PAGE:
Henry Ford’s pioneering use of assembly lines to build the first Model T in 1908 quickly made the company bearing his name into one of the largest carmakers in the world.
But when Chinese entrepreneur Wei Dong tried to do something similar in catering, he learned the hard way what can go wrong when a company grows too fast. These days, his Fu Ji Food and Catering Services is a byword in China for ‘cautionary tale’.
Fu Ji means “lucky shop” in English, and that’s exactly how things seemed at first. At its peak, it was one of the country’s largest caterers, serving over a million meals a day – including thousands at the 2008 Beijing Olympics.
Success helped Wei rank 73rd on the 2006 Hurun rich list, with an estimated wealth of $438 million. But that all changed last year when Fu Ji declared bankruptcy, owing investors more than $282 million.
Wei’s first line in business had nothing to do with food. After majoring in tax at Nantong University in Jiangsu, his first job was as a tax officer with the civil service. It was routine work and Wei looked set to have a normal career until, at 30, he decided to go into business for himself.
In 1998, he used a $240,000 bank loan to open a restaurant in his hometown. His total lack of experience did not bode well for the venture, but observers credit his time in the civil service for what happened next. “The so-called pioneering entrepreneurs were rarely equipped with management concepts,” explains the National Business Daily, and that gave Wei an edge. He adapted the principles of bureaucratic control he’d learned at the tax office to create a “complete management model… with a clear division of responsibilities.”
Wei realised that his management philosophy made the business scalable, so he ploughed the restaurant’s earnings back into opportunities for expansion. It wouldn’t take him long. In 2000, the newly christened Fu Ji acquired two more restaurants in Suzhou. Less than a year later it would open its first restaurant in Shanghai.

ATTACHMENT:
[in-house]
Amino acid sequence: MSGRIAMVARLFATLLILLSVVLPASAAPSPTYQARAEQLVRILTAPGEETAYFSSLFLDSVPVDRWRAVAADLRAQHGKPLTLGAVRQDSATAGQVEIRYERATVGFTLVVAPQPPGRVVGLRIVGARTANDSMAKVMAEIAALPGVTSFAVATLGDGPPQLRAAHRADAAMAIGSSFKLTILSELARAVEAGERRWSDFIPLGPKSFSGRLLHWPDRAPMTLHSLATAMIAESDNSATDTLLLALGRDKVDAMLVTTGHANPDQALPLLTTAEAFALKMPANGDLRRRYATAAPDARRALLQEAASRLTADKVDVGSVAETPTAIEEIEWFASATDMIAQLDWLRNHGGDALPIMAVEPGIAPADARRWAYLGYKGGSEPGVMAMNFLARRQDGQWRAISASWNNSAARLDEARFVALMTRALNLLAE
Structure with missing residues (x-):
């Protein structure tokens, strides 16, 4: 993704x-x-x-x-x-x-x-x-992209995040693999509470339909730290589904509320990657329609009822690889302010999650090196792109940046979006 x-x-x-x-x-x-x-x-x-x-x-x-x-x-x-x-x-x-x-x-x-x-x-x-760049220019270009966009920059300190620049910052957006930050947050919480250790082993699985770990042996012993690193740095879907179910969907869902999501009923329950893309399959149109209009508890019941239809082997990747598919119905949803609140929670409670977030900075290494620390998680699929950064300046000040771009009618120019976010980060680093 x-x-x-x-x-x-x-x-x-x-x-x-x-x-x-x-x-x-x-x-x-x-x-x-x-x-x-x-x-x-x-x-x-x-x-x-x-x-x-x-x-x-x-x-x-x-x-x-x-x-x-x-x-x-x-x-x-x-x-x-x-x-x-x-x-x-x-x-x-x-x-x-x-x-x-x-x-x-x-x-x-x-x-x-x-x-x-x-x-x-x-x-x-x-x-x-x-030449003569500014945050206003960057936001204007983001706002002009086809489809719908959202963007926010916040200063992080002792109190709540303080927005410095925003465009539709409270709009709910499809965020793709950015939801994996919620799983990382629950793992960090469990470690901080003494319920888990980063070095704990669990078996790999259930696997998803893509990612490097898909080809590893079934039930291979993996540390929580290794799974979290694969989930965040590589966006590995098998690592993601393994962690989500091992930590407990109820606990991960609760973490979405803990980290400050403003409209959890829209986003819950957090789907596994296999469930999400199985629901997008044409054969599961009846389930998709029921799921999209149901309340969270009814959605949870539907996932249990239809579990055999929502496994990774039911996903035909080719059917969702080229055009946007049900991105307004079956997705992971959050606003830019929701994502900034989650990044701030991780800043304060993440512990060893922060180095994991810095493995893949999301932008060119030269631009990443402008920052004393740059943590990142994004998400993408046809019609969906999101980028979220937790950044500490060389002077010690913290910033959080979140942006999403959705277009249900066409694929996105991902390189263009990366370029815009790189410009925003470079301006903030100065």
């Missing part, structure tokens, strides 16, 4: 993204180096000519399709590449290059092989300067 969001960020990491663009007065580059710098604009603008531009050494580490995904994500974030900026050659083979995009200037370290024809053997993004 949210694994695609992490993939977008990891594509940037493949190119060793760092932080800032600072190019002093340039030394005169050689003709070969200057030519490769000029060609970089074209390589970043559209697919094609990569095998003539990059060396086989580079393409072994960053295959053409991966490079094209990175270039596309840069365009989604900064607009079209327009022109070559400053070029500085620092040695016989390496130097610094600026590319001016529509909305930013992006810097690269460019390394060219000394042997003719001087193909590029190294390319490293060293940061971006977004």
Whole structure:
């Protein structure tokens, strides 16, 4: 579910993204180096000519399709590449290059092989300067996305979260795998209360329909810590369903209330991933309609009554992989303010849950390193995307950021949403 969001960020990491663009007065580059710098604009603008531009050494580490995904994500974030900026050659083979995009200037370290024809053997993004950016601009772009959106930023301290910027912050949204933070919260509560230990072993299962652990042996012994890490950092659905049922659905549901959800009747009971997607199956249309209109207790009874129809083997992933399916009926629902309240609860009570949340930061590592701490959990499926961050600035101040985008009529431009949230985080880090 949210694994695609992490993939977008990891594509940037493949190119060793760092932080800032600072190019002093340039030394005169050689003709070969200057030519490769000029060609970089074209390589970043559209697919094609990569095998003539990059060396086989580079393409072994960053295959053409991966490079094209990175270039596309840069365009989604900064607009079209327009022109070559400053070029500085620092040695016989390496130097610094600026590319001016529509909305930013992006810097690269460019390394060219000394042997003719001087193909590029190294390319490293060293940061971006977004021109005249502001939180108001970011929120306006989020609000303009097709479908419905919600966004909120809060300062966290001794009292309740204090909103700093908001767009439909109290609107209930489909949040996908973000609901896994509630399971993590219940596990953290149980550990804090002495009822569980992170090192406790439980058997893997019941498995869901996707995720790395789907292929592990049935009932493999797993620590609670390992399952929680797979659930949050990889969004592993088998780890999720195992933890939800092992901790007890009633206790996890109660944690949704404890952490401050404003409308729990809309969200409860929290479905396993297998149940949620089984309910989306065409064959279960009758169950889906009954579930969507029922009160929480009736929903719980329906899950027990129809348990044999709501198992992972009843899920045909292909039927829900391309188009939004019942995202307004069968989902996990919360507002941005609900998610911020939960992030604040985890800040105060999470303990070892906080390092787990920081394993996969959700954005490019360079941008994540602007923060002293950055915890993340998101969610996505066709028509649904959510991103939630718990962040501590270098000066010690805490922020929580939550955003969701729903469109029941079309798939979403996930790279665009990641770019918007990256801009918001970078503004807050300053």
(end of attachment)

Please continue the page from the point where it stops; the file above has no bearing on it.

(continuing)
And it was in Shanghai that Wei would make the key decision that turned Fu Ji into a food powerhouse. Nearby factories all needed to feed thousands of workers – and he gambled that he could win their business by offering to serve reliable, low-cost canteen food on a large scale.
He spelled out his ideas on streamlining the food distribution business in a 2002 textbook The Fu Ji Vertical Method, which quickly became the benchmark for best practice in the industry. Wei placed heavy emphasis on quality, painstakingly spelling out each step from purchasing and processing, to marketing and delivering food. That meant that Fu Ji not only had some of the highest quality food in the business, but also a price that few could match. It’s estimated that wages took up just 5% of Fu Ji’s cost base, against an industry average of 30%.
But to achieve the scale he wanted, Wei needed a lot more capital. So in 2004, the company raised $37 million through a public offering in Hong Kong. It would not be the last time Fu Ji went to the public for money.
That December Fu Ji’s restaurants and canteens were churning out 100,000 meals a day, an impressive logistical feat in its own right. But Wei saw no reason why Fu Ji couldn’t be preparing a million meals. All he needed was capital.